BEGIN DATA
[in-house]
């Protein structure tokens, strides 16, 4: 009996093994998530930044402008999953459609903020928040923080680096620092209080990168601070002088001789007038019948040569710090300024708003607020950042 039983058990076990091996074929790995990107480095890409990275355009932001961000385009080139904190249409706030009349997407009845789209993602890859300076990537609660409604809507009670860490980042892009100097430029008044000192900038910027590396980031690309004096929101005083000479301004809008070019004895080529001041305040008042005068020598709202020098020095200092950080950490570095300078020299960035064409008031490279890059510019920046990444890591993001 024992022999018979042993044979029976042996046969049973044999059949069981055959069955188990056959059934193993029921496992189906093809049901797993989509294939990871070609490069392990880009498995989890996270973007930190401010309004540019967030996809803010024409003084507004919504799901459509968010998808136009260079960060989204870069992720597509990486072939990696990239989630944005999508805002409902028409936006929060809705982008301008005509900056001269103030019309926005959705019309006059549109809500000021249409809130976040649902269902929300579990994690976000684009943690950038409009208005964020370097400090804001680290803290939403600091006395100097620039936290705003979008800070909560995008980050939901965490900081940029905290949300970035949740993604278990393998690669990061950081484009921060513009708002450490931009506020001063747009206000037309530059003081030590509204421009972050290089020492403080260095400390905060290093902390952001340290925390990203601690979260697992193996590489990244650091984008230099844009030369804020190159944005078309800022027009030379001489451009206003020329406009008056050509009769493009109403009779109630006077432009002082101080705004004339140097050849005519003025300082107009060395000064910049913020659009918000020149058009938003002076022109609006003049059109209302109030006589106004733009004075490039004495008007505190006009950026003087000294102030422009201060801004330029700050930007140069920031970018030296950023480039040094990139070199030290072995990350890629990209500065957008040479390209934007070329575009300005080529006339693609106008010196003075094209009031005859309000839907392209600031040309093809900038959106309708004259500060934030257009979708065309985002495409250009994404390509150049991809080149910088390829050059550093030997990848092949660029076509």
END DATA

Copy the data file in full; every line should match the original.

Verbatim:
[in-house]
């Protein structure tokens, strides 16, 4: 009996093994998530930044402008999953459609903020928040923080680096620092209080990168601070002088001789007038019948040569710090300024708003607020950042 039983058990076990091996074929790995990107480095890409990275355009932001961000385009080139904190249409706030009349997407009845789209993602890859300076990537609660409604809507009670860490980042892009100097430029008044000192900038910027590396980031690309004096929101005083000479301004809008070019004895080529001041305040008042005068020598709202020098020095200092950080950490570095300078020299960035064409008031490279890059510019920046990444890591993001 024992022999018979042993044979029976042996046969049973044999059949069981055959069955188990056959059934193993029921496992189906093809049901797993989509294939990871070609490069392990880009498995989890996270973007930190401010309004540019967030996809803010024409003084507004919504799901459509968010998808136009260079960060989204870069992720597509990486072939990696990239989630944005999508805002409902028409936006929060809705982008301008005509900056001269103030019309926005959705019309006059549109809500000021249409809130976040649902269902929300579990994690976000684009943690950038409009208005964020370097400090804001680290803290939403600091006395100097620039936290705003979008800070909560995008980050939901965490900081940029905290949300970035949740993604278990393998690669990061950081484009921060513009708002450490931009506020001063747009206000037309530059003081030590509204421009972050290089020492403080260095400390905060290093902390952001340290925390990203601690979260697992193996590489990244650091984008230099844009030369804020190159944005078309800022027009030379001489451009206003020329406009008056050509009769493009109403009779109630006077432009002082101080705004004339140097050849005519003025300082107009060395000064910049913020659009918000020149058009938003002076022109609006003049059109209302109030006589106004733009004075490039004495008007505190006009950026003087000294102030422009201060801004330029700050930007140069920031970018030296950023480039040094990139070199030290072995990350890629990209500065957008040479390209934007070329575009300005080529006339693609106008010196003075094209009031005859309000839907392209600031040309093809900038959106309708004259500060934030257009979708065309985002495409250009994404390509150049991809080149910088390829050059550093030997990848092949660029076509």